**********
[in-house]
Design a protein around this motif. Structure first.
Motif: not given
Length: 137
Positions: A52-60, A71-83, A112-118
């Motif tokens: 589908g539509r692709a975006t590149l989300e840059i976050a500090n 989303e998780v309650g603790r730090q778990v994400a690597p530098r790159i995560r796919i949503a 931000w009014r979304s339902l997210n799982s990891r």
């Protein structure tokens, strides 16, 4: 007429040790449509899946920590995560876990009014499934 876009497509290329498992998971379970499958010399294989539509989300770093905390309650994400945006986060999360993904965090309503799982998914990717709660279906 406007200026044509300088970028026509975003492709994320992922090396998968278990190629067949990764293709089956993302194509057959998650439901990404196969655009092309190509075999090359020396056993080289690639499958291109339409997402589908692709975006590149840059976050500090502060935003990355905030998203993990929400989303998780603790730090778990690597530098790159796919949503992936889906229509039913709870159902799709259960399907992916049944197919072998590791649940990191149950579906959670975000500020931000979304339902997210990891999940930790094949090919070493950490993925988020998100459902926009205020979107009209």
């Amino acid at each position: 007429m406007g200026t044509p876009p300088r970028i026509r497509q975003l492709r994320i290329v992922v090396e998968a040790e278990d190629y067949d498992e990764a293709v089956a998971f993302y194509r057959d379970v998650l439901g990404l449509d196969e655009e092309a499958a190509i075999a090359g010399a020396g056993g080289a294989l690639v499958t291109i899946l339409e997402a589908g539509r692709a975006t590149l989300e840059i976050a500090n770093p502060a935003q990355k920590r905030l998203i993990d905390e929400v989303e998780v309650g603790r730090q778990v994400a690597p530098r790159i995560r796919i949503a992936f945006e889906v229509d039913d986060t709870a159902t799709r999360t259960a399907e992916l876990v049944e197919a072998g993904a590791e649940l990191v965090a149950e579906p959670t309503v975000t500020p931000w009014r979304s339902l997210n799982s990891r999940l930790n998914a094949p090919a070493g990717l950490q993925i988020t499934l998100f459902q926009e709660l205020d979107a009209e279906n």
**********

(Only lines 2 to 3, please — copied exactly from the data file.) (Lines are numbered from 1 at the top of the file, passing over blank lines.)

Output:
Design a protein around this motif. Structure first.
Motif: not given